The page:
Three Things You Should Communicate to Your Leader

Managing the boss is an essential leadership characteristic. John Kotter popularized the phrase in a seminal article, Managing Your Boss, first published in Harvard Business Review in 1980. In the article Kotter encourages leaders to ensure the boss has the right amount of visibility without being overwhelmed in details. Leaders must be proactive in helping the boss understand the important aspects of the work and how it relates to the whole without pulling the boss into the weeds. In other words, most of upward leadership is about communication.

So what should you communicate to your leader, to your boss? What needs to be shared with your leader to help him/her understand the area you are leading and stewarding? Here are three things you should communicate to your leader:

1. The Why

When you communicate upward, remind your leader(s) of the why behind all you are doing. If all you communicate is what you are doing, your leader won’t understand the convictions and philosophy beneath the surface. By rooting all the actions and activity in sound thinking, you show that there is meaning and purpose beneath all the work. By rooting the work in a sacred why, you also empower your leader to speak passionately about the area you steward. And if there is not a why beneath all you are doing, you are likely spending time on the unnecessary.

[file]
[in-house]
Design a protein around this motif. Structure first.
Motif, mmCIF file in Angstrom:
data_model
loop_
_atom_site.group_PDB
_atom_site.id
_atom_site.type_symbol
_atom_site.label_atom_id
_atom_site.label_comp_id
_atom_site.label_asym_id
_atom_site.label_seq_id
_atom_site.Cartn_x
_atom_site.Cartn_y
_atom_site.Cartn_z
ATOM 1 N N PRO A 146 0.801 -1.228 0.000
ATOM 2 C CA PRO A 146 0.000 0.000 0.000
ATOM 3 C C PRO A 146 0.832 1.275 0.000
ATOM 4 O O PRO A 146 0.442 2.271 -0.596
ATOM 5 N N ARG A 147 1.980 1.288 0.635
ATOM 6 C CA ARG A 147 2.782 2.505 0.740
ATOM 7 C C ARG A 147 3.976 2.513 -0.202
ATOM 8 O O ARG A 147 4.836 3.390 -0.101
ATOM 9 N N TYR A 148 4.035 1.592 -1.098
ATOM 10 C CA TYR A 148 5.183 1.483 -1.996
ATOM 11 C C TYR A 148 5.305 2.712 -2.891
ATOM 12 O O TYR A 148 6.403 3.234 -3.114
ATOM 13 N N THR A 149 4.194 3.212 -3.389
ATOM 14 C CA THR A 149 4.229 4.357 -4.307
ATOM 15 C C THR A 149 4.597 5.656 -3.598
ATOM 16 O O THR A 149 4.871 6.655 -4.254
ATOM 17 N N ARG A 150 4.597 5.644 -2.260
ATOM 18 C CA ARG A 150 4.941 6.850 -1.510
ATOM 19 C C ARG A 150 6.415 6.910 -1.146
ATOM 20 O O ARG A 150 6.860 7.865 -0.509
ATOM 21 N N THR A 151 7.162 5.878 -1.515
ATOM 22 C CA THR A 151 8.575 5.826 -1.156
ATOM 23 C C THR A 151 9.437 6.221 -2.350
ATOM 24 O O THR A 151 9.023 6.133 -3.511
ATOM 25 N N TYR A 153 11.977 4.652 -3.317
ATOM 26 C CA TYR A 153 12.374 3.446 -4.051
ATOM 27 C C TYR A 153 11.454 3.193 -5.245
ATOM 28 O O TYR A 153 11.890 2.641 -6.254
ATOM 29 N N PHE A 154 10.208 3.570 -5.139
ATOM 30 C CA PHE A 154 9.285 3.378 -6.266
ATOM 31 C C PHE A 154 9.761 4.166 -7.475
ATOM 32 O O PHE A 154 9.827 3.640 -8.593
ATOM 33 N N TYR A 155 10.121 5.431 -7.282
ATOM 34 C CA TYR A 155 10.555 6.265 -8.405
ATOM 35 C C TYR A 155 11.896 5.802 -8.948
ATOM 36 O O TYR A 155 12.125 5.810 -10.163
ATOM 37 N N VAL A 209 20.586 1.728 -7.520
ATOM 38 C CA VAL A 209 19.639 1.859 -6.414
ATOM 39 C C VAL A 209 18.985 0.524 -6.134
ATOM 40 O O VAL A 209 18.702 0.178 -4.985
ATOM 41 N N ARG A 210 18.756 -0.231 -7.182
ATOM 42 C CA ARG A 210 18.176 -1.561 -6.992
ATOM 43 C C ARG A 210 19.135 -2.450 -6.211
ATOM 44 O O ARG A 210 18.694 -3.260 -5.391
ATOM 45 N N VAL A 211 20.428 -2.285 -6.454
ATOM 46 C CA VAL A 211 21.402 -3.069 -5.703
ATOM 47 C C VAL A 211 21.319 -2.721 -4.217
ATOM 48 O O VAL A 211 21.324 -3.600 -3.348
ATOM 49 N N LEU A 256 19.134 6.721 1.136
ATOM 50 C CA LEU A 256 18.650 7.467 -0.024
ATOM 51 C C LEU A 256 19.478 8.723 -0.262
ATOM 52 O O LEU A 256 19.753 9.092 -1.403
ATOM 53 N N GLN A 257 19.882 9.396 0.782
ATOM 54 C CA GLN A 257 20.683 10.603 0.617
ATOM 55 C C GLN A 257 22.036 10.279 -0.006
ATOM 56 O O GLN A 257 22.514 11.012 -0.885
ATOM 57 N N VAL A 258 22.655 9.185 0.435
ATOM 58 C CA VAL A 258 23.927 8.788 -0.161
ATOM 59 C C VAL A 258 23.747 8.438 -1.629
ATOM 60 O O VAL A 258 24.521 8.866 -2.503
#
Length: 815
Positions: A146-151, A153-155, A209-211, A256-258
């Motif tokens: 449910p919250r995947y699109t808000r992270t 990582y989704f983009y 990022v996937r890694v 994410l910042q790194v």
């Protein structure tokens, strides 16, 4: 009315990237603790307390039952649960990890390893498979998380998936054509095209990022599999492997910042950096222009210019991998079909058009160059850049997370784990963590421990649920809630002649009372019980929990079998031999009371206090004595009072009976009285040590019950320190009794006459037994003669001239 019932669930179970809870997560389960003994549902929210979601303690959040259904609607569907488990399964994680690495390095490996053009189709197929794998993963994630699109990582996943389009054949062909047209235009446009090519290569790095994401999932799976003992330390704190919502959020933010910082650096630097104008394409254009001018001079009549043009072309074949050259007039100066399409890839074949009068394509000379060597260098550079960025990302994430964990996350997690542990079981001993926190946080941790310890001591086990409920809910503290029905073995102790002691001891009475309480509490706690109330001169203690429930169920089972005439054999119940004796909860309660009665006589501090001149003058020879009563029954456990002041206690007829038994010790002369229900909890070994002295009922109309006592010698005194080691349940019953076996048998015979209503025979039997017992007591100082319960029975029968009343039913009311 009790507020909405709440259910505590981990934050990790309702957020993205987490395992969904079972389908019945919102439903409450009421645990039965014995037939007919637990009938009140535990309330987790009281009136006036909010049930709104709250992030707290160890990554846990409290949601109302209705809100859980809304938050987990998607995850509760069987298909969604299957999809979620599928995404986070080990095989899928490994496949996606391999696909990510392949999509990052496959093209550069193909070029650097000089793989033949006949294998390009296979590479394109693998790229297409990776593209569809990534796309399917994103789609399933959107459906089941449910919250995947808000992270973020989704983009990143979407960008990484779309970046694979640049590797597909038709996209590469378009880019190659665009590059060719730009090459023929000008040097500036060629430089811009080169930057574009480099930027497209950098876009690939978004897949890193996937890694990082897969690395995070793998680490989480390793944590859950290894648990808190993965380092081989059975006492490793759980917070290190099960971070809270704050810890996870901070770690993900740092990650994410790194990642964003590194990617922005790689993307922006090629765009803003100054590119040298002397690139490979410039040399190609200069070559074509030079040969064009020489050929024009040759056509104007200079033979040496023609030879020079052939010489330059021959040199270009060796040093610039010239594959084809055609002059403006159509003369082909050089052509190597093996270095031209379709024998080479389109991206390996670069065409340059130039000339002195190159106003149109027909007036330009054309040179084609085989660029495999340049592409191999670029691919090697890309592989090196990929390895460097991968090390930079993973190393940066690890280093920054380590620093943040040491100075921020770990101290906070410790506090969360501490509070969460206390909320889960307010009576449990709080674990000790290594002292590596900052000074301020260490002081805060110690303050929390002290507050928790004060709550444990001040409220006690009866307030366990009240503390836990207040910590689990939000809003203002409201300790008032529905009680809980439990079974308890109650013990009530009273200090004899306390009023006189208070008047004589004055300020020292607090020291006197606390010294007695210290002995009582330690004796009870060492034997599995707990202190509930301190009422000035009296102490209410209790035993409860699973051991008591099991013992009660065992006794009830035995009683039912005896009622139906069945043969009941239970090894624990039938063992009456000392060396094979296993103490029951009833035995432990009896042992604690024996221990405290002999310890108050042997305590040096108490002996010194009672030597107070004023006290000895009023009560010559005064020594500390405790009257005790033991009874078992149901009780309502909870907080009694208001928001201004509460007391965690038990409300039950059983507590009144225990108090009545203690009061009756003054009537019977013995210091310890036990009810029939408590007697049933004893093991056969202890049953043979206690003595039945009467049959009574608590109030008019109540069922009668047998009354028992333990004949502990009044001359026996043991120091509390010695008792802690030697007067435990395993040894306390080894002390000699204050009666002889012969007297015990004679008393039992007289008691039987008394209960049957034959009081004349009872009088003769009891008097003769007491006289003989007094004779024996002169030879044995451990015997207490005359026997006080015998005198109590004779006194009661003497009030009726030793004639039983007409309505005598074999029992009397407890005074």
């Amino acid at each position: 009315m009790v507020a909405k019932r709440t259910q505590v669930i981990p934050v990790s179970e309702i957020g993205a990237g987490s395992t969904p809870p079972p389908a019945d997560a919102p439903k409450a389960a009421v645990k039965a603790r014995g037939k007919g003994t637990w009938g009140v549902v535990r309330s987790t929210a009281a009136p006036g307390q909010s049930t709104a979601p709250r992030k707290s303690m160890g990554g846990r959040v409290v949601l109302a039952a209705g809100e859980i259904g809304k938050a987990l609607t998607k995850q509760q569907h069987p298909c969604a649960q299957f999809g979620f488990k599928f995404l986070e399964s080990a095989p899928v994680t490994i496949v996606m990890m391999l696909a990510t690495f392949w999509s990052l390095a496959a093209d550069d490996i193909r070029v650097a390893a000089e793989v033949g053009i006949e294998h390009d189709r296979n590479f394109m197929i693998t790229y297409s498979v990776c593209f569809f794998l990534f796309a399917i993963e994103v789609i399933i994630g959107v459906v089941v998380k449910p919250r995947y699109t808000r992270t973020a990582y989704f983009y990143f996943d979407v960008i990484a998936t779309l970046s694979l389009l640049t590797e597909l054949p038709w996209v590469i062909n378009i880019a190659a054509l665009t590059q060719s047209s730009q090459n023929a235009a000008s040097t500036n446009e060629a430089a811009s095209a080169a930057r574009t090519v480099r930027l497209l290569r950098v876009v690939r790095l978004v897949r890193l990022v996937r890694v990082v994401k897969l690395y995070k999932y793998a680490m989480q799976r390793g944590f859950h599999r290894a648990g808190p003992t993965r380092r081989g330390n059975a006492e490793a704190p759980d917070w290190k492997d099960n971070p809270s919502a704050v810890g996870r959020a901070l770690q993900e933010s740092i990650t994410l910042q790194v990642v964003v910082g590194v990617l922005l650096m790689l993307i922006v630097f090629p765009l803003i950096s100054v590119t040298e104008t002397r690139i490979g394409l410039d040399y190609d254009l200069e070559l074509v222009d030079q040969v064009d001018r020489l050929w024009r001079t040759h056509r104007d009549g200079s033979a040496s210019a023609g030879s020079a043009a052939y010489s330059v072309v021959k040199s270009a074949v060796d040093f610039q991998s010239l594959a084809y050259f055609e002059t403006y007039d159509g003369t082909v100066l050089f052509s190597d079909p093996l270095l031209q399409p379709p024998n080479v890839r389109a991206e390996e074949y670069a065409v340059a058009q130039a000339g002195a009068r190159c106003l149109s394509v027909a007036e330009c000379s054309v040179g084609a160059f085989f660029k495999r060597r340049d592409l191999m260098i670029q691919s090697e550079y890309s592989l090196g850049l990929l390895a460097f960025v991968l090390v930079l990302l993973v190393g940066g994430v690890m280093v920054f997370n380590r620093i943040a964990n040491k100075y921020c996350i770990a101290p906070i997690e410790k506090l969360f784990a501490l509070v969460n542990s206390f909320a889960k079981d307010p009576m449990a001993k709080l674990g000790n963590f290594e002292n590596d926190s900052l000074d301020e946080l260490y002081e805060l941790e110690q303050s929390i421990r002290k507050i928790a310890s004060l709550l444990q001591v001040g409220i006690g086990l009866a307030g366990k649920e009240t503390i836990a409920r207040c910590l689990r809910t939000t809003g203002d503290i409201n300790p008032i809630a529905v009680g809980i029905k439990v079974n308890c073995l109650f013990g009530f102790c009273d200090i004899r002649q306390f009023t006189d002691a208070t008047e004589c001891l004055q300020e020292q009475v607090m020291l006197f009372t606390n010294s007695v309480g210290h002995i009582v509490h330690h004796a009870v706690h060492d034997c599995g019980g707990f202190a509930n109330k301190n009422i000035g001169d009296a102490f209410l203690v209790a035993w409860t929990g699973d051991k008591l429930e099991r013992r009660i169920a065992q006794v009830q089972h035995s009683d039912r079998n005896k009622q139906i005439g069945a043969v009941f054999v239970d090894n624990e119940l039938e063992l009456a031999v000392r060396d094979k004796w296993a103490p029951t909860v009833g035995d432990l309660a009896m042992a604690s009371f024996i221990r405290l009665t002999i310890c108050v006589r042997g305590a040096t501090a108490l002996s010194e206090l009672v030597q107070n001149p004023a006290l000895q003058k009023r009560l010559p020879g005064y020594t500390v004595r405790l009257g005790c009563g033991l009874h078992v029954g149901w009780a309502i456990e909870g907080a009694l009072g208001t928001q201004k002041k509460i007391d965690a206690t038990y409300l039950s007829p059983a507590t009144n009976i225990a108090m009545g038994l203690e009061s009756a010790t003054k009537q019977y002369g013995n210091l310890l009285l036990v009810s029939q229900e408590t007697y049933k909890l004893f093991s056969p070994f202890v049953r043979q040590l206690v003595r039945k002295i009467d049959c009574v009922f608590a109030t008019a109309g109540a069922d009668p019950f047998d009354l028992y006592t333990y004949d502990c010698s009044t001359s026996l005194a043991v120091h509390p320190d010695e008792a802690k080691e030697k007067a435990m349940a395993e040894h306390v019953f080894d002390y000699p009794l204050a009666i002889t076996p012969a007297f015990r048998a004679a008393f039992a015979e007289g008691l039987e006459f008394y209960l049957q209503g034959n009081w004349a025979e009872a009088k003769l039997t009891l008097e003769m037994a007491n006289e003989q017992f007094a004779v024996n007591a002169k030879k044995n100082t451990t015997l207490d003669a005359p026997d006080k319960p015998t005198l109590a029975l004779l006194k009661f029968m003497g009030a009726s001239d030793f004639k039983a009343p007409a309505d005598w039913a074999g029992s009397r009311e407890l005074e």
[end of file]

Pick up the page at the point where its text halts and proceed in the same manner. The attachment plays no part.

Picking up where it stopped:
2. Stats

Statistics (data) help give your leader a picture of the overall area you are stewarding. While data does not tell the whole story, it does help leaders understand trends, challenges, and opportunities. Help your leader understand the essential dashboards or data points you are watching as you lead your area. If you bring pages and pages of data, you are bringing way too much to his/her office. And you are simultaneously watching too many dashboards. Too many dashboards reveal you don’t know which ones are the most important.

3. Story

If you only share stats, you can appeal to the mind and miss the heart. Combine stats with stories so the magnitude of the stats is felt. Stories reveal that there are real lives and real impact beneath all the data. If you are not hearing, sharing, and celebrating stories, your leadership will come off as robotic and mechanical.

As you communicate with your leader, your boss, give the why behind all the activity. As you share a picture of the work, offer both stats and stories also.